How to buy from local farmers

Food service directors, cooks, and school officials speak a language that may be foreign to most farmers. To begin bringing fresh, local food to your school program consider these steps.

Before deciding to purchase

  • Look over your menus and recipes. What items are you already purchasing processed that with a little more preparation you could purchase fresh?  What new items could be added?
  • Make your decisions early. Purchasing fresh produce requires advance notice and time for the farmer to plan – the earlier the better.
  • How are you going to pay the farmer? Does the school need a statement? An invoice? A contract? How often and when will the farmer be paid? What lead time is needed by your school to add a new vendor?

Meeting, Networking and Developing Relationships

  • Always meet face-to-face. Schedule tours of the kitchen and of the farm. Share school menu and list of farmers products. Ask farmer if willing to participate in school activities to promote  fresh, local foods.

    Earth Biscuit Farm, Tipton, IA

  • Be Flexible. The farmer may be willing to grow different items. The school may be able to accept substitutes if a crop fails. The more everyone is able to work together the more likely to develop a long-term successful relationship.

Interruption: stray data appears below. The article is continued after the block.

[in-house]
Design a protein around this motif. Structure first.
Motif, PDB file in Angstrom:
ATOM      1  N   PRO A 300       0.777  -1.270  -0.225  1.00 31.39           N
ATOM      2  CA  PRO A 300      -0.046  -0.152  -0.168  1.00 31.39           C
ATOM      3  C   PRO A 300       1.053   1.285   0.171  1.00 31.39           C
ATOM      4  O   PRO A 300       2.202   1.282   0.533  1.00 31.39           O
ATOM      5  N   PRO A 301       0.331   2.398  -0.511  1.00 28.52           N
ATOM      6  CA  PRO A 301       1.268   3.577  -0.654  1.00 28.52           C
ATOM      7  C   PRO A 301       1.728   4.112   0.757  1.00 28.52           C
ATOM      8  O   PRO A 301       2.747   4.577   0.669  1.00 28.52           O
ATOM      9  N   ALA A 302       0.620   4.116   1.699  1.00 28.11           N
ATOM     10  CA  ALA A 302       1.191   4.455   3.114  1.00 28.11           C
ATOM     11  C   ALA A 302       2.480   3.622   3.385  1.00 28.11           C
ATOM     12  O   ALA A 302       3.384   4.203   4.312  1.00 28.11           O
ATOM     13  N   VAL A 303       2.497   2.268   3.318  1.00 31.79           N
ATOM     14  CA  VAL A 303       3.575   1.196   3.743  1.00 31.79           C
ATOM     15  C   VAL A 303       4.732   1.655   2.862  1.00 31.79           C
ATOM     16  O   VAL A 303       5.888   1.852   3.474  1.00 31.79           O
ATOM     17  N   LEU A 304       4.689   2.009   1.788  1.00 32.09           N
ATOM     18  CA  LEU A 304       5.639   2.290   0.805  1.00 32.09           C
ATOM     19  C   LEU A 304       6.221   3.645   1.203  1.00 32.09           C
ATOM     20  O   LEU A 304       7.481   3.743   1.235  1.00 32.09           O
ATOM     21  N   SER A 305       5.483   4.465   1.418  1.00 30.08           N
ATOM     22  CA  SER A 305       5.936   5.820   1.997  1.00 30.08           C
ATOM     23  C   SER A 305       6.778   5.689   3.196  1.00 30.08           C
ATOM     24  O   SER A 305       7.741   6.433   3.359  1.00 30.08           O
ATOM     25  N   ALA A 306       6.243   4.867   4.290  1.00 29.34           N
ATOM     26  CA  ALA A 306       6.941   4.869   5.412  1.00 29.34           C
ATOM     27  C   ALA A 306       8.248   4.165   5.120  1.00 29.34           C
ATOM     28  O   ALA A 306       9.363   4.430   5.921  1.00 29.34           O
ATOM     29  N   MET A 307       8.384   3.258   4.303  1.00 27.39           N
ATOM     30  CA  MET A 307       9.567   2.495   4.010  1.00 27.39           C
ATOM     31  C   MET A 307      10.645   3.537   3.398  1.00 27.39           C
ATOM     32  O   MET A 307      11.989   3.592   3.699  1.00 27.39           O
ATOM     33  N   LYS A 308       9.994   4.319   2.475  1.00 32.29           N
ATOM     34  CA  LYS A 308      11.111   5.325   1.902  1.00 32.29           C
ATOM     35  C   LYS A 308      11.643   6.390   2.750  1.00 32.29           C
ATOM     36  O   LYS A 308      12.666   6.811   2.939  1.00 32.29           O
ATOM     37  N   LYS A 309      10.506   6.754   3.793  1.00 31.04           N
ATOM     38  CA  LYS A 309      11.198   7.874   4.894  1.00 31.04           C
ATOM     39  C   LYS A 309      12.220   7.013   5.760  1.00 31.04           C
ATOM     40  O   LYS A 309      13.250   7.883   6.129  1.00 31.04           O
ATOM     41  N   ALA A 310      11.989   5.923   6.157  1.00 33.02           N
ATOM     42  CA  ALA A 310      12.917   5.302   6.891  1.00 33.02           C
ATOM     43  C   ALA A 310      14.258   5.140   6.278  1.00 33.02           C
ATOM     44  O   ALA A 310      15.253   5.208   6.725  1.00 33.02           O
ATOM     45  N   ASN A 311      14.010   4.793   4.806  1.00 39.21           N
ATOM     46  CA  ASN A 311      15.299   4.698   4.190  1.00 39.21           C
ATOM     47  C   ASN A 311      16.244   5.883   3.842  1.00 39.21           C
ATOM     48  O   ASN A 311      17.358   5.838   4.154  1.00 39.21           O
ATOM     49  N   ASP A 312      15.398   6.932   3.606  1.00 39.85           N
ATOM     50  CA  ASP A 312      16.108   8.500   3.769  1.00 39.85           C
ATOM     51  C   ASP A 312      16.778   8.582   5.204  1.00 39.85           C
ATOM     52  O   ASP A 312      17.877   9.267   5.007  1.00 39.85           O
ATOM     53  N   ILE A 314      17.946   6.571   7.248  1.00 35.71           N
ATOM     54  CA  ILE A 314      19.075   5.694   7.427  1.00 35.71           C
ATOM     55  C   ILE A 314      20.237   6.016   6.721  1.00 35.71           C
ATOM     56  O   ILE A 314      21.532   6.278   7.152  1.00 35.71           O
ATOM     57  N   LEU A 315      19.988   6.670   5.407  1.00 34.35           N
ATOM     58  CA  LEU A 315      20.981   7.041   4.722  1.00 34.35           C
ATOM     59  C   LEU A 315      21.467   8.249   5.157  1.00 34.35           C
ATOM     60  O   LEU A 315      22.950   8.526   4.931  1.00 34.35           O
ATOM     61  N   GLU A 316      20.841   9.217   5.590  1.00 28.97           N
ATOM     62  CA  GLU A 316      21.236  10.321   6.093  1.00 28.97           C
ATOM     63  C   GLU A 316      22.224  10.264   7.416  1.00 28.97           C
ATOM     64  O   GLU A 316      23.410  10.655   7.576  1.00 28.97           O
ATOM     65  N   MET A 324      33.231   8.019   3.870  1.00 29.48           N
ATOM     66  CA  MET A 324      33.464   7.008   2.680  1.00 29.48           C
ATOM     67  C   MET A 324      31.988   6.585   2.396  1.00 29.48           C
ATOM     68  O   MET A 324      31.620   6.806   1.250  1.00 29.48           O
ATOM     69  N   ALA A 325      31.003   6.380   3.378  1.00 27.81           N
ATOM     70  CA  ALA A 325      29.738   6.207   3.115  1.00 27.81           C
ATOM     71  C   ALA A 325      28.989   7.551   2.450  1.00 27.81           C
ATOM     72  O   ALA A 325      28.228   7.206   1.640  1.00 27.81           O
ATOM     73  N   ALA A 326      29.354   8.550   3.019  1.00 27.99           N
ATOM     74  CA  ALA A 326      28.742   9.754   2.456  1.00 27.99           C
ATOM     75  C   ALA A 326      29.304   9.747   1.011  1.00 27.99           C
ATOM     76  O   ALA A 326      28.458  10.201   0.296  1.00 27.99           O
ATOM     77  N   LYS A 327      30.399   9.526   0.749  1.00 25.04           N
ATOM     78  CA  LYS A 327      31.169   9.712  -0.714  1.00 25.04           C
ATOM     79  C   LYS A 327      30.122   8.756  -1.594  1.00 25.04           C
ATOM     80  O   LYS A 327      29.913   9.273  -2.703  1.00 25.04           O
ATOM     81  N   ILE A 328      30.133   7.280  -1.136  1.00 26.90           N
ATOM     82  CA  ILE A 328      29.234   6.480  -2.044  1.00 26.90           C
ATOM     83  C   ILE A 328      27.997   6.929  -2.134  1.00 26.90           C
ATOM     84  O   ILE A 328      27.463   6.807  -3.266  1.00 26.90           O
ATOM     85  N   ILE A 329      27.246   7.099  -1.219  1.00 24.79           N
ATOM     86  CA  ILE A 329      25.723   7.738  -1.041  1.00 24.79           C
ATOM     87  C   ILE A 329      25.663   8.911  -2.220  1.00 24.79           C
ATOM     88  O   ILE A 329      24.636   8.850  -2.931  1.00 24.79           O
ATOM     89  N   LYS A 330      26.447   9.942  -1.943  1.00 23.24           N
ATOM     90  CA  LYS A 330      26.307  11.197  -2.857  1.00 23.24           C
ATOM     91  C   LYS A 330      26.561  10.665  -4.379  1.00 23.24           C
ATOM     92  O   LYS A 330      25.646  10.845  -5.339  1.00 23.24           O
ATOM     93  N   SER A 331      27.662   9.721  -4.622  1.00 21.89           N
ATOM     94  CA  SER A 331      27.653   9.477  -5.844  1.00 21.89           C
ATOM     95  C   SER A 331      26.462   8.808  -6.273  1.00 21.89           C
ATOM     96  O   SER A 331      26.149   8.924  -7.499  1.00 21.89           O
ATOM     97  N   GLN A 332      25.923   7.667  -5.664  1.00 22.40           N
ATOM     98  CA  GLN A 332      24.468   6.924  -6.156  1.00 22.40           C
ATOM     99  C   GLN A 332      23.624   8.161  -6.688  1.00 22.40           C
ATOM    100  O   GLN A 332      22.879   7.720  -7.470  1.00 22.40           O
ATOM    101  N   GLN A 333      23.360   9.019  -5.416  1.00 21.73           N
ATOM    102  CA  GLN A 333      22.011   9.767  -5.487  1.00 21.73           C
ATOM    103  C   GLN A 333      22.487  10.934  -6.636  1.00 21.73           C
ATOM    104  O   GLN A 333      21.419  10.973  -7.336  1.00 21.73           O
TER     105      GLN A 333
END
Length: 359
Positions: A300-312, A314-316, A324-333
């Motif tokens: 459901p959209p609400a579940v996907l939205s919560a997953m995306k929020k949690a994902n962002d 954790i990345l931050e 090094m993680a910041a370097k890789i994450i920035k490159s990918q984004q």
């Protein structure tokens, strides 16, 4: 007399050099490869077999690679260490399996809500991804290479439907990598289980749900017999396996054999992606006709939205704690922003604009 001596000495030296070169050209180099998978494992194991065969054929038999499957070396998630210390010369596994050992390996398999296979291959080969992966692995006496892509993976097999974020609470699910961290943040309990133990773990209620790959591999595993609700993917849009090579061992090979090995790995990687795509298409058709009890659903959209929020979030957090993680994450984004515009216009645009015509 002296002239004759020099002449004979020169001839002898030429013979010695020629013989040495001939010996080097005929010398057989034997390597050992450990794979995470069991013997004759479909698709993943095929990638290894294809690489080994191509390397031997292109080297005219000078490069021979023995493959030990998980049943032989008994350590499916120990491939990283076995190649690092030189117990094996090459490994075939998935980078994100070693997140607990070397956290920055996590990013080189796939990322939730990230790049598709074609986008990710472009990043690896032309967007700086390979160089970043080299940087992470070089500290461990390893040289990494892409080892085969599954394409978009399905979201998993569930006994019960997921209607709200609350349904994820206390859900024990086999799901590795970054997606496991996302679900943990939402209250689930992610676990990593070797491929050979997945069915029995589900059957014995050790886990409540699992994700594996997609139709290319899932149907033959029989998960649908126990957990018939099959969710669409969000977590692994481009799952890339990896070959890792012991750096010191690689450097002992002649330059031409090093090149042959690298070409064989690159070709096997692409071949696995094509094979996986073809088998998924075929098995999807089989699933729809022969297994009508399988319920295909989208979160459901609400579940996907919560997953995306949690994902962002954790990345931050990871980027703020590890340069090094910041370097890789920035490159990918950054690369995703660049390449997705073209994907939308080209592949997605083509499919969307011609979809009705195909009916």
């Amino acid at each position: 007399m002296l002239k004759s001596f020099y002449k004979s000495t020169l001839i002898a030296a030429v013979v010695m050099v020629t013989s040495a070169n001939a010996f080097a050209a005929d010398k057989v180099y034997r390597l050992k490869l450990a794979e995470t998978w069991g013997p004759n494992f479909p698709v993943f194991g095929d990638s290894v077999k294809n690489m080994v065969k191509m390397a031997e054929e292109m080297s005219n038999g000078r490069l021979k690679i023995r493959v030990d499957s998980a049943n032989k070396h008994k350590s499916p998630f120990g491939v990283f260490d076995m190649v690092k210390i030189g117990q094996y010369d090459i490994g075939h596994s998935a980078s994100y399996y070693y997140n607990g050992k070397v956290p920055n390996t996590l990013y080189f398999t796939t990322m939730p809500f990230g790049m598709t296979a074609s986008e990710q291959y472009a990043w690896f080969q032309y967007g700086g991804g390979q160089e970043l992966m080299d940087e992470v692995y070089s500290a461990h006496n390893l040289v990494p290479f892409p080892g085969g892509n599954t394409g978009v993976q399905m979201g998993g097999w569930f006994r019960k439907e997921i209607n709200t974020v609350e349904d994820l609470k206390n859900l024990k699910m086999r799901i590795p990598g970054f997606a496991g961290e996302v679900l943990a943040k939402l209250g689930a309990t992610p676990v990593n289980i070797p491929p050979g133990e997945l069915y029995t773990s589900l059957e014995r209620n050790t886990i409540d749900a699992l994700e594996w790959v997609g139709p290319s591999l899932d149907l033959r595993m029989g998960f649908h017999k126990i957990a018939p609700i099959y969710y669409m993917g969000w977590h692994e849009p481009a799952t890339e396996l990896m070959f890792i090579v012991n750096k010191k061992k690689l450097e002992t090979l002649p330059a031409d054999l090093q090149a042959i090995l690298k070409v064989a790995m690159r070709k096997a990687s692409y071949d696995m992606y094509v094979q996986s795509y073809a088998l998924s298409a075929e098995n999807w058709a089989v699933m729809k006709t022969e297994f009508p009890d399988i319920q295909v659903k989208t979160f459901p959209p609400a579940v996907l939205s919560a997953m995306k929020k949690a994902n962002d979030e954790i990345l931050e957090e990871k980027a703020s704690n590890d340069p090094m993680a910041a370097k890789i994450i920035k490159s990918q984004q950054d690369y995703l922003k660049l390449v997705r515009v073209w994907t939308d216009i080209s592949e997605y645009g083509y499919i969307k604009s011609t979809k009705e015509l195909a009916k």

• Everyone should be talking. Make sure everyone knows you are using locally grown produce and about the farmer who grew it. Contact local newspapers. Ask, or create, materials to learn about and promote the farmer and their produce. Ask PTA/PTO, teachers, parents and students to assist.

What to ask the Farmer

  • Farm and Production Practices. Asking how a farmer grows, harvests, handles, packages and  transports his produce is vital to ensuring food safety. What is the water source? Is water protected from contamination? Are containers used to harvest and transport food cleaned and santitized before each use? Is produce kept at appropriate temperatures and environments? Is storage, packing and holding areas protected from pests?
  • Worker Sanitation and Safety. Are hand washing facilities available to workers before, during and after harvest? Are different gloves used for harvesting and packing? Are hands washed properly before packing produce? Are ill workers handling produce?
  • Communication Questions. What is the price of products? What if the order can not be filled? How often and who will deliver the product? How far in advance should the order be placed? What is the best way to place orders – phone, FAX, mail, email?
  • Specifications. Discuss desired size, quantity, condition, package unit and other information about the produce – what does the farmer need to know? Are substitutes acceptable and if so, what? What is inappropriate packaging?

Farm to School Purchase Agreement template

Example Iowa City Bid Request 

Informal School Local Food Bid Request Form

Massachusetts Farm to School Local Foods Procurement Worksheet

Translation Chart ‘Pecks to Pounds’ – Maryland Dept. of Agriculture